Hey there, time traveller!
This article was published 16/8/2013 (1105 days ago), so information in it may no longer be current.
The city has put up for sale the two former fire halls in last year’s controversial land swap with a local developer.
For sale signs were recently posted on the former Grosvenor Avenue and Berry Street fire halls.
The two properties were secretly traded to developer Shindico, along with a parcel of land on Mulvey Avenue East, for property owned by Shindico on Taylor Avenue where a new fire hall has been constructed.
The deal angered councillors, who were upset with the finances, how the deal was done, and that a fire-paramedic station was allowed to be built on land the city did not own.
The deal was negotiated with fire paramedic Chief Reid Douglas, who was a deputy chief at the time – an unusual situation to have a department head involved in the sale of property.
Council killed the land swap in November and ordered city officials to negotiate a straight purchase of the Taylor property, which has not yet happened. Council also ordered a review of the controversial deal, which is expected to be completed in September.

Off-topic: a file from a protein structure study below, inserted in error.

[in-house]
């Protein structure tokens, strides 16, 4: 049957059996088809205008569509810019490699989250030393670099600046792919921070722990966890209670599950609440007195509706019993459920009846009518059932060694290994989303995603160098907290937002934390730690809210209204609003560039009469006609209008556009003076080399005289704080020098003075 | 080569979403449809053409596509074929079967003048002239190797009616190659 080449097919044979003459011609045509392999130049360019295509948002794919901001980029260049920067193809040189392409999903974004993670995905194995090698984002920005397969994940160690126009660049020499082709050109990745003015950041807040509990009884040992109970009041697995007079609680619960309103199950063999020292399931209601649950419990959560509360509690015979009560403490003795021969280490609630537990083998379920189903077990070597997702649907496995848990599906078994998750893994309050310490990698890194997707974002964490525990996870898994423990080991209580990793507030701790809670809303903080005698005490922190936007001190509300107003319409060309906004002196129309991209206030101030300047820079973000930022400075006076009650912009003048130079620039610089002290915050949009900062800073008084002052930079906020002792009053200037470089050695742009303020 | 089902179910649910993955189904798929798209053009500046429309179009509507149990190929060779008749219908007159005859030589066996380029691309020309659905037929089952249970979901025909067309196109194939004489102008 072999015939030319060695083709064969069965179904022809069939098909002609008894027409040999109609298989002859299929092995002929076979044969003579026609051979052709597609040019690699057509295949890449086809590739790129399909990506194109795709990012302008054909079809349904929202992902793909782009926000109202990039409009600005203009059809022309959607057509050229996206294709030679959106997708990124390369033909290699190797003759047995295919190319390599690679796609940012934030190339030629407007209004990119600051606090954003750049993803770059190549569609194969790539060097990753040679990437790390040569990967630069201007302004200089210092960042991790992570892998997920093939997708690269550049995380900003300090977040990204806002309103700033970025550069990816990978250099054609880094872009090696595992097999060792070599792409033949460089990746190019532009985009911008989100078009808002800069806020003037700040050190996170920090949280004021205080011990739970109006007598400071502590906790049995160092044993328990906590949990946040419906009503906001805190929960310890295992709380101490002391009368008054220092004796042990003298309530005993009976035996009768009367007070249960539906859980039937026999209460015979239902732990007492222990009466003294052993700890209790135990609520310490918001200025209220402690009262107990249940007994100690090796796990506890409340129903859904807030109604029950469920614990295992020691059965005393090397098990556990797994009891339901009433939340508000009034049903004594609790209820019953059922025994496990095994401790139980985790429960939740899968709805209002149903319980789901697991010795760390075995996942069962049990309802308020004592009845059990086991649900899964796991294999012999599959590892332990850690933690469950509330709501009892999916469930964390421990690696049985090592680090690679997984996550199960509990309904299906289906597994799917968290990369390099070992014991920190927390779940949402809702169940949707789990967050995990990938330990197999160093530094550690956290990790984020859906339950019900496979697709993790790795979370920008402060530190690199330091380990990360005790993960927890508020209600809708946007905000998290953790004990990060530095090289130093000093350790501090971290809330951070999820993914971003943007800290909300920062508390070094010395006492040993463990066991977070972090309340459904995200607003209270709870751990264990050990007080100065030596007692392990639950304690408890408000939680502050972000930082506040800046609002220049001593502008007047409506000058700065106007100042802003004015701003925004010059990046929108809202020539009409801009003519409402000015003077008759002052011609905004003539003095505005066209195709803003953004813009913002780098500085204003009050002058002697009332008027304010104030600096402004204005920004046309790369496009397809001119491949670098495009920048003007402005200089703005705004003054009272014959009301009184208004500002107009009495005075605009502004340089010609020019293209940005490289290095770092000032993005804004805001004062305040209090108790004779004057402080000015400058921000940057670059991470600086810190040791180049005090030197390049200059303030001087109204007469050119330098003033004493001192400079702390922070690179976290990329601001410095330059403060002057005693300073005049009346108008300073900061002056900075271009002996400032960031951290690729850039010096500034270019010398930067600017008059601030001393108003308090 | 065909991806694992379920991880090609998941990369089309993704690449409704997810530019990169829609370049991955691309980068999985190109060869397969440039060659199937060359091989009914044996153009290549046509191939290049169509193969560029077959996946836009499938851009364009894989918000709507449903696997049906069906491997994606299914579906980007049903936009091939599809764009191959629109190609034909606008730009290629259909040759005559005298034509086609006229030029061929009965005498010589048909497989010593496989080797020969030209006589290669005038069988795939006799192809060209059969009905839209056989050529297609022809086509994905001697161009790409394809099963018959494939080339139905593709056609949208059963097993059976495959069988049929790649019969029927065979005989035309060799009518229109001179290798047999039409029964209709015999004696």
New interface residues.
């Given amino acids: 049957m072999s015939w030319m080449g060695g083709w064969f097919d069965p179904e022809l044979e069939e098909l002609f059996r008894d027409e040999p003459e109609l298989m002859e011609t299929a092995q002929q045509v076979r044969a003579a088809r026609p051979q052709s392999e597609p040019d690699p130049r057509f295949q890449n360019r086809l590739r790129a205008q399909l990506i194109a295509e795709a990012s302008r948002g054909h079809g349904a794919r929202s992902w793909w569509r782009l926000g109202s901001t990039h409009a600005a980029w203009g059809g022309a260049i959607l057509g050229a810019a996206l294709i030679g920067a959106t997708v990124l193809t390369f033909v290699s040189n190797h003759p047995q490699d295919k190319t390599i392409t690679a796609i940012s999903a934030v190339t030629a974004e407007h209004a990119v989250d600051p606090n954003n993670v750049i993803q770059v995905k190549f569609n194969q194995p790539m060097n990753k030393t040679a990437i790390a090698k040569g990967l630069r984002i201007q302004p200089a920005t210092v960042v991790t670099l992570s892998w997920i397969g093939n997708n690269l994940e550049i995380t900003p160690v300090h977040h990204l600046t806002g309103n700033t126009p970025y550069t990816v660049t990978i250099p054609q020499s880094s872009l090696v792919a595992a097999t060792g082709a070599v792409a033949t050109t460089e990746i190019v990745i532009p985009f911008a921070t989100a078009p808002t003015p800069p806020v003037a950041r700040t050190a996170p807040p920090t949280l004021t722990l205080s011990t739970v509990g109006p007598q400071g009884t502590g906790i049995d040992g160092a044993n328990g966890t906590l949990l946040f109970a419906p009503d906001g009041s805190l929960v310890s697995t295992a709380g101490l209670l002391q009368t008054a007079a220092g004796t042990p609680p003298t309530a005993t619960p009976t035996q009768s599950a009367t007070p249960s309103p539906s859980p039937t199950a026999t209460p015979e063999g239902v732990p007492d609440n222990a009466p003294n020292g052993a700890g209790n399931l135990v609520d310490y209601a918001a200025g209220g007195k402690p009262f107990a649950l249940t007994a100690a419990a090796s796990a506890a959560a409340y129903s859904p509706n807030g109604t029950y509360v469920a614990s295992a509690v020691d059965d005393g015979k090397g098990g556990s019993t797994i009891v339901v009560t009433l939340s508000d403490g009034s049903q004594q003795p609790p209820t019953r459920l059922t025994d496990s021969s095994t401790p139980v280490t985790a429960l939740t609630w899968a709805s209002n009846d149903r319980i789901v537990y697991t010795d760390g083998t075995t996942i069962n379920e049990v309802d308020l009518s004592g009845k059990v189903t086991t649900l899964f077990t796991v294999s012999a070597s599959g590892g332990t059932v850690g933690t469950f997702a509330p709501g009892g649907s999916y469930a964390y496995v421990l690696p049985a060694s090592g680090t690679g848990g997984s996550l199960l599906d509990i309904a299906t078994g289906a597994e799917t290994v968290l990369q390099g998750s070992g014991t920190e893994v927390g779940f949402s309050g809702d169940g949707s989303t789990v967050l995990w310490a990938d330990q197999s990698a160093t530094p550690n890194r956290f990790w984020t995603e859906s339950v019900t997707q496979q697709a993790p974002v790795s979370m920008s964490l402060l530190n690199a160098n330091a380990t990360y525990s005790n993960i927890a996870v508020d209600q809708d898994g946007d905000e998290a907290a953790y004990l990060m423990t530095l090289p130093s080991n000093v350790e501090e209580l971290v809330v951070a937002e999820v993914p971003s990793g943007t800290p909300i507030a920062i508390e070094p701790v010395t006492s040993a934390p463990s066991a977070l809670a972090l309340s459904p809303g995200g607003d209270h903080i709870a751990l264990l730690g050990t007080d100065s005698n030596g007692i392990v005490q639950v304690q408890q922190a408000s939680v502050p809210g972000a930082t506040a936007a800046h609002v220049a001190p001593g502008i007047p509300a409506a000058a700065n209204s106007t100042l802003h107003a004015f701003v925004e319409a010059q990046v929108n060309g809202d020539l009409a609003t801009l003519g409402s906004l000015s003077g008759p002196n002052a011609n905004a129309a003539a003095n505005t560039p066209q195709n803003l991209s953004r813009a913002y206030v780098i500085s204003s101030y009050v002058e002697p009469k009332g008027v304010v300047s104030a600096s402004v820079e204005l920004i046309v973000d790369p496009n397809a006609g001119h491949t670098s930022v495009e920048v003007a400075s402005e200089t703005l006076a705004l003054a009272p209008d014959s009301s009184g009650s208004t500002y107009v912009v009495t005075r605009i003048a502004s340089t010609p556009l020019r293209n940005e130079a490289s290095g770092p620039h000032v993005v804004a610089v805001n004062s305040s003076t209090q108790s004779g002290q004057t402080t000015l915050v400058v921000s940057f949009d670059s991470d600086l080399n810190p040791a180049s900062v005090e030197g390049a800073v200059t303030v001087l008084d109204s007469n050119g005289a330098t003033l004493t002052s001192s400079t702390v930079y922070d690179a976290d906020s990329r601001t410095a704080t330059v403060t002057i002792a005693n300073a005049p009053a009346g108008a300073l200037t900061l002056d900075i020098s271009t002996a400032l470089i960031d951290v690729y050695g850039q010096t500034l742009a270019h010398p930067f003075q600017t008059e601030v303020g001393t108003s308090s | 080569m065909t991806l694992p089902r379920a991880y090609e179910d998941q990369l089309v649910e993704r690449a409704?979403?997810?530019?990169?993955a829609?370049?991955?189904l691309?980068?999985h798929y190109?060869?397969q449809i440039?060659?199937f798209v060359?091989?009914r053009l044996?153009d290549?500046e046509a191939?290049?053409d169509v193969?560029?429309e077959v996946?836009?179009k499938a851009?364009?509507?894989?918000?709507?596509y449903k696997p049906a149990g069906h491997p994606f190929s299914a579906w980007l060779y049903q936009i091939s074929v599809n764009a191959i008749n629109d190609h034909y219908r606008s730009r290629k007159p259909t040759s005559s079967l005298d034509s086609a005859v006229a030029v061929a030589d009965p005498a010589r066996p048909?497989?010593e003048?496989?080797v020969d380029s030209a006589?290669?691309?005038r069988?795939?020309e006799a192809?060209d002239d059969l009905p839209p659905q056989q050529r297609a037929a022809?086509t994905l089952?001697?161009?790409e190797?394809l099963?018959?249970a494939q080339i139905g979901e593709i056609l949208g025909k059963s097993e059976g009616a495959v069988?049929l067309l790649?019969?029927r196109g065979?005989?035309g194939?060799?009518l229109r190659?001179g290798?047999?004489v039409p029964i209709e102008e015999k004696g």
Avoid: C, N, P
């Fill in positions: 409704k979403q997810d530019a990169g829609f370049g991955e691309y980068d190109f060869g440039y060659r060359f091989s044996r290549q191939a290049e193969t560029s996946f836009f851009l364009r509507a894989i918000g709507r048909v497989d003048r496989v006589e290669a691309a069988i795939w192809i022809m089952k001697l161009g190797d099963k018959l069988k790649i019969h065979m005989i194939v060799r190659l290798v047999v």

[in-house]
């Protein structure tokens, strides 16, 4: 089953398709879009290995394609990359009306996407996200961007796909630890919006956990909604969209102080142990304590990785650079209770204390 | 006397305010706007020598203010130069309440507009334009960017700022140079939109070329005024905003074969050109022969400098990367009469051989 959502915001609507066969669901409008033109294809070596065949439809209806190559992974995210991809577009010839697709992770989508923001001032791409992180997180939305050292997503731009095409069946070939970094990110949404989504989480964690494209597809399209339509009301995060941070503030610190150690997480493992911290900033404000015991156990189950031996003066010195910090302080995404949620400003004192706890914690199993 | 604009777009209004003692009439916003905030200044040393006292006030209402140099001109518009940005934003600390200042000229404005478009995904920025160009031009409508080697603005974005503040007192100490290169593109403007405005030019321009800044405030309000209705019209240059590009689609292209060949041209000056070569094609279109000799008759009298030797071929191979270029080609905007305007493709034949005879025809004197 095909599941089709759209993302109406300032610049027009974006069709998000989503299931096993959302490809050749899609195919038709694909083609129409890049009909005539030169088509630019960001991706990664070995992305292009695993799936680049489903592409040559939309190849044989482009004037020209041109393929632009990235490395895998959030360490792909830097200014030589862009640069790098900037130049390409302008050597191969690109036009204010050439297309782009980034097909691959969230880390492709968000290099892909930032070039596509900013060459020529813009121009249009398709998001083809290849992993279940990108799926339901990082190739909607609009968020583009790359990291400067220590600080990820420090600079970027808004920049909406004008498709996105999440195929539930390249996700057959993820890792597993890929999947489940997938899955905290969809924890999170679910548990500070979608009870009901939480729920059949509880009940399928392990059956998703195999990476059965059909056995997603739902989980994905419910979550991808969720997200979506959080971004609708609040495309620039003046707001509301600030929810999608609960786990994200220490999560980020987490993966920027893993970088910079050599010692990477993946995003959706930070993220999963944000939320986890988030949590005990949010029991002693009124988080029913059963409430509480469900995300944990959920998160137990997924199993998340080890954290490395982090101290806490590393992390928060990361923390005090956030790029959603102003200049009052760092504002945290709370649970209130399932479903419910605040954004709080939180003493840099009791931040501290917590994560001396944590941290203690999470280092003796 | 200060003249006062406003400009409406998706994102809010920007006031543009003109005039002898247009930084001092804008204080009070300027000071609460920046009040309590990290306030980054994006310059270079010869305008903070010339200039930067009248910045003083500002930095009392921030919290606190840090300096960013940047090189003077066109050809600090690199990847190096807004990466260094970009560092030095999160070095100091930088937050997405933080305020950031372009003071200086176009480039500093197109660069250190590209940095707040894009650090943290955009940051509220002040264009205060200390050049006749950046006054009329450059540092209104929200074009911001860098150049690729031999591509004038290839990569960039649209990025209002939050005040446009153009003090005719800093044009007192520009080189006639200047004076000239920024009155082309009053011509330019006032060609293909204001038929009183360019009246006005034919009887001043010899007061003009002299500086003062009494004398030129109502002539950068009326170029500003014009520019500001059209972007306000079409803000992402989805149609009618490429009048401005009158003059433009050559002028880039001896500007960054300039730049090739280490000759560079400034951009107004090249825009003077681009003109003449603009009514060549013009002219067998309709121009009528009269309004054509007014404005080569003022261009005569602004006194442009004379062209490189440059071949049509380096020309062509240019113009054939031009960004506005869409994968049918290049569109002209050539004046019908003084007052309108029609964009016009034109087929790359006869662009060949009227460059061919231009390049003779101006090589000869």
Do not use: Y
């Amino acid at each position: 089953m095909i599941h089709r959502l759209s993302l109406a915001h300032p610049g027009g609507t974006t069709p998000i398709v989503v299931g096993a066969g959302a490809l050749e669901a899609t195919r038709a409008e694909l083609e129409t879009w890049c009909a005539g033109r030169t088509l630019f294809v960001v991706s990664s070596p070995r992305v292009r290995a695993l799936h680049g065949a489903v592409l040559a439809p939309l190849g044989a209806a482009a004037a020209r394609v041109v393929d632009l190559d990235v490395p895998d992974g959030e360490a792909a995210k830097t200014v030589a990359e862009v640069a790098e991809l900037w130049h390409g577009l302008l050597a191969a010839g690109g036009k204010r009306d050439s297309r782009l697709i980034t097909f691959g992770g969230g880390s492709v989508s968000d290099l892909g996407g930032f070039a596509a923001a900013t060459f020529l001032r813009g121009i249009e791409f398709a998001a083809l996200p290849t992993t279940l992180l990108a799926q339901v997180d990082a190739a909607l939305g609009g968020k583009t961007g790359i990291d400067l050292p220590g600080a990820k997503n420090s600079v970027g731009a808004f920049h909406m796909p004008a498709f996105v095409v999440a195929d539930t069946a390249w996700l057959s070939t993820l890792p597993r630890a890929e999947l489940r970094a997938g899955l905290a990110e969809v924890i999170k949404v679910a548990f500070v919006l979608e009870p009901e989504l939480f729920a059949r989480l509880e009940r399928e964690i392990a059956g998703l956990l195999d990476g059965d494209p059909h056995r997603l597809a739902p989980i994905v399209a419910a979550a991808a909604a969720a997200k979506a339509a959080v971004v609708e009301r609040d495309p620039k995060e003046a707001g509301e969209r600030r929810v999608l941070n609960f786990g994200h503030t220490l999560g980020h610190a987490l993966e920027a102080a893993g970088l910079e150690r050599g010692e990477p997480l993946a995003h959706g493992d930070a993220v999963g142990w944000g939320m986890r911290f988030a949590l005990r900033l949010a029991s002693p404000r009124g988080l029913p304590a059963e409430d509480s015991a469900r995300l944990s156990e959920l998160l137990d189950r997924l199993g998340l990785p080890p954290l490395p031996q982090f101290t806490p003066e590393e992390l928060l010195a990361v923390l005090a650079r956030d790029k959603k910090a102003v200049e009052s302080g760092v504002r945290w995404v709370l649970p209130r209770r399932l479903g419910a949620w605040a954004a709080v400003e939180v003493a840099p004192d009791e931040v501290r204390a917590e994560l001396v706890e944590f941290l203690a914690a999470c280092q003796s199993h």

The review involves both the financial aspects of cancelled deal and the process that led up to it. External appraisers will be involved to determine the value of all four properties.
The city has not put a price tag on the three properties. Offers are being accepted for the two fire hall properties until August 30, and until Sept. 6 for the Mulvey East land.
The swap was one part of a $15.3-million plan to build four new fire-paramedic stations in Winnipeg.
But the construction project was presented as four separate contracts, each awarded to Shindico, which did not require council approval because each individually was less than the $10-million threshold needed for council oversight.